The diverse range of topics covered in this edition include segregations, nightlife and memories both collective and individual. One of the dominate drives behind this project is to create a more productive and representative platform for LGBTQ+ people. The special edition does not claim to offer a complete history or overview but hopefully will provide a starting point from which to explore the wider LGBTQ+ heritage in the West Midlands.


Paul Taylor


The following is a source list of materials held in the Local Studies Collection relating to a study of LGBT heritage in Birmingham.

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LGBT History Month 2017


February 2017 marks LGBT History Month. The archive of the project Gay Birmingham Remembered (MS 2788) held here at the Library of Birmingham contains material relating to the history of Lesbian, Gay, Bisexual and Trans people in the city. The focus of the project was to collect material and memories from Birmingham citizens about gay life. The project culminated in the transfer of the records to the Library so that gay people’s lives in the city could be documented for the future and made available.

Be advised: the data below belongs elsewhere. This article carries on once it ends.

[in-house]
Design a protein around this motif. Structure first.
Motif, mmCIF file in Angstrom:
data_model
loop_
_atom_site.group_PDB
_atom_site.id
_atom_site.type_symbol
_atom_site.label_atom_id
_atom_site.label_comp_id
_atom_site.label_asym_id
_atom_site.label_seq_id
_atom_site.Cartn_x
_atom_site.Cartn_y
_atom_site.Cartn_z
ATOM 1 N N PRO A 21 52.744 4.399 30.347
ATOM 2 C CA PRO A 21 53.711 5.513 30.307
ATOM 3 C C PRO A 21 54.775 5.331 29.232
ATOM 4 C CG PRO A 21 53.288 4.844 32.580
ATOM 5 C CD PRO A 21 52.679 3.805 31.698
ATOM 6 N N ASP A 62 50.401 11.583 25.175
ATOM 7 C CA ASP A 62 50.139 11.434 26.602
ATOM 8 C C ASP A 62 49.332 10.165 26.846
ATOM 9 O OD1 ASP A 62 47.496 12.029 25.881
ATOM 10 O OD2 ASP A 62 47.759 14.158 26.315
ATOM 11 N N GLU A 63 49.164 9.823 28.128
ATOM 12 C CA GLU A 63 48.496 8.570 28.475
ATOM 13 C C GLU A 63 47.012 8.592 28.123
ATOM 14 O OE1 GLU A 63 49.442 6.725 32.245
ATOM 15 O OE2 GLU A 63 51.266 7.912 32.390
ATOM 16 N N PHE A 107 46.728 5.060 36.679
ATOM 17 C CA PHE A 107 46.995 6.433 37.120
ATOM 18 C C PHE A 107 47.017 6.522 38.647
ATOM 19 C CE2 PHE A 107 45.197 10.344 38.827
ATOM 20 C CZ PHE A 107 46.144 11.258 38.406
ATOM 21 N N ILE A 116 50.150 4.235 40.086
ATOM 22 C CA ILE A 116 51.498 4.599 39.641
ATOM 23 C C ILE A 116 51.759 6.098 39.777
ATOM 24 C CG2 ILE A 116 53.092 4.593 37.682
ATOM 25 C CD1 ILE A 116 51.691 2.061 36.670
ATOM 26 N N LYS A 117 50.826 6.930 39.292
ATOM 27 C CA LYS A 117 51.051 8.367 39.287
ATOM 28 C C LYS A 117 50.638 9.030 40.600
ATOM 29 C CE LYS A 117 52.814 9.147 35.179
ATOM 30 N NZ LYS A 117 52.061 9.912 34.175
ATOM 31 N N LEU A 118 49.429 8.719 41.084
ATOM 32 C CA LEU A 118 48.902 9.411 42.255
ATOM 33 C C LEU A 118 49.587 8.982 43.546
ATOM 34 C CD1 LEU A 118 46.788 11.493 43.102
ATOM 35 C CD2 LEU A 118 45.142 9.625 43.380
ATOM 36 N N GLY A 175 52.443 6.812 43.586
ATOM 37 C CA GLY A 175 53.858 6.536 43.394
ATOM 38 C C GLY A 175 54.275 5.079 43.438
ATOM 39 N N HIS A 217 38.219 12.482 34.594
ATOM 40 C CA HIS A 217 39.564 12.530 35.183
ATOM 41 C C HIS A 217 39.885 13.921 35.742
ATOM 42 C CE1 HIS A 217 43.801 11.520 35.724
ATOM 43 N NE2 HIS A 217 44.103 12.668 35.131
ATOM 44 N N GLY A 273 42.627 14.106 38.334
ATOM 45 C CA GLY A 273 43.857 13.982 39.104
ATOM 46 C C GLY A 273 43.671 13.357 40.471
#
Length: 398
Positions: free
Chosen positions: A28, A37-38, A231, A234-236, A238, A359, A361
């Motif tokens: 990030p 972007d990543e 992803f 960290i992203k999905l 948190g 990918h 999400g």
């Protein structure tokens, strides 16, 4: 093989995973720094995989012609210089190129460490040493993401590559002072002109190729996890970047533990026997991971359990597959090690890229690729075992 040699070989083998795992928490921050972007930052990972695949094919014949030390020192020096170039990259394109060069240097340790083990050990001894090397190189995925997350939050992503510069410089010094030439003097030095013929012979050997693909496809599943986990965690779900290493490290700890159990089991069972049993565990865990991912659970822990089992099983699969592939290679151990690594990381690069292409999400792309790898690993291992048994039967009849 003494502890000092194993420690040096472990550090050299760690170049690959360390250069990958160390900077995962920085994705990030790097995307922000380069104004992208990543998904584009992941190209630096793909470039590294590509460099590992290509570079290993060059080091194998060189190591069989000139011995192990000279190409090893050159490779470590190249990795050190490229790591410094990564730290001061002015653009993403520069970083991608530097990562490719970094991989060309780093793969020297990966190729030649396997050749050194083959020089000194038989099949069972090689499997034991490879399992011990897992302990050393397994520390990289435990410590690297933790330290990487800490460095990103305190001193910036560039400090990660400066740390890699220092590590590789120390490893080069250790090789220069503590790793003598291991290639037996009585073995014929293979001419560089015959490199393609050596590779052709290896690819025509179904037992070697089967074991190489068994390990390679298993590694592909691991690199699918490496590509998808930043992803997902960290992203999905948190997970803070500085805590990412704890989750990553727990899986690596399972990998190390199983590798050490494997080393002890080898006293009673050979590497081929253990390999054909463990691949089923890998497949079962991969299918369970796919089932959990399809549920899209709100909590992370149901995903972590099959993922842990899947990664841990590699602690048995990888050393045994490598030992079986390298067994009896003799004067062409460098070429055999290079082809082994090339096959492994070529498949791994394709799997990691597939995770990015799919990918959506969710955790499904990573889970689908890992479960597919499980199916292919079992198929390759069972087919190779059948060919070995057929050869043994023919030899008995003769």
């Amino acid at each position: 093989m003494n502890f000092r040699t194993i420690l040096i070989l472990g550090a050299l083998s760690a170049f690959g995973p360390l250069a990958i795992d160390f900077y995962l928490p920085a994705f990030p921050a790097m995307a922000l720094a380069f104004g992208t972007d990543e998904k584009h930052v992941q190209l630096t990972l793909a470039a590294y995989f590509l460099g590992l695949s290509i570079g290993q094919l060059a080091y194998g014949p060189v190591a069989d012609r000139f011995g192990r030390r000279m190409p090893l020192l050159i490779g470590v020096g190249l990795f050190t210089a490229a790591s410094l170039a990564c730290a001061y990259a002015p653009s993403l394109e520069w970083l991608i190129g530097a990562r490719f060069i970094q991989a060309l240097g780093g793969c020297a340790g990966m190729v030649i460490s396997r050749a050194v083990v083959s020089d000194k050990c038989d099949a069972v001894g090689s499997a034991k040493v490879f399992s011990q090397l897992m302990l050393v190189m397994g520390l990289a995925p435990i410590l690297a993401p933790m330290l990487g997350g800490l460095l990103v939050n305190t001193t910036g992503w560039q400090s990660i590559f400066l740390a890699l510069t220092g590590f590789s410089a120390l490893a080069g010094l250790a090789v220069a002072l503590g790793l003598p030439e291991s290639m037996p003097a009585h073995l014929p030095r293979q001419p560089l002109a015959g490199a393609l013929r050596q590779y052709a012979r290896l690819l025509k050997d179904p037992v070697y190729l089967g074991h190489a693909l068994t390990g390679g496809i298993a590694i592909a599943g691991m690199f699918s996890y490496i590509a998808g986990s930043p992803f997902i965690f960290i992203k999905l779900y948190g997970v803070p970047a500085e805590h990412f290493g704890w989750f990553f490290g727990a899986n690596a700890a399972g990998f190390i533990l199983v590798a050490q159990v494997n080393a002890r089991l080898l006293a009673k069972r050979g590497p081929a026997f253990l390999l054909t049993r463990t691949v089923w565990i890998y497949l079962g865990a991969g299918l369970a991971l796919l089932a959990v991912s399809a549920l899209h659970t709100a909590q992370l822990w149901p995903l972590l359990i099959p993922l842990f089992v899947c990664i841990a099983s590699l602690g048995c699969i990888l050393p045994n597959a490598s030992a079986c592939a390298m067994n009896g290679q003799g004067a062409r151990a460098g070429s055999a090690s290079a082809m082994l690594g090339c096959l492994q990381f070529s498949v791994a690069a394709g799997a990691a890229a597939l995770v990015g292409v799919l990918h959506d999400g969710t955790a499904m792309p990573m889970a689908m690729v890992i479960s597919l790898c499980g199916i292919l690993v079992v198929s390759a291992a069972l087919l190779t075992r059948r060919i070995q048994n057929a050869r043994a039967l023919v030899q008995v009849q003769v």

Badges from the Gay Birmingham Remembered collection. [MS 2788]

As well as the colourful campaign badges featured in the photograph above, a number of LGBT newspapers and newsletters circulated in the West Midlands in the 1980s and 1990s feature in the archive. In the Pink: West Midlands free Lesbian and Gay newspaper is one of these and we hold copies dating from late 1980s. The newsletters are important because they record developments in the history of LGBT rights and are a reminder that legislation and attitudes taken for granted now were by no means commonplace in the 1980s.


In the Pink from the collection of Gay Birmingham Remembered [MS 2788]

Here are some snapshots from the newsletters:

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Birmingham’s First Gay Community Centre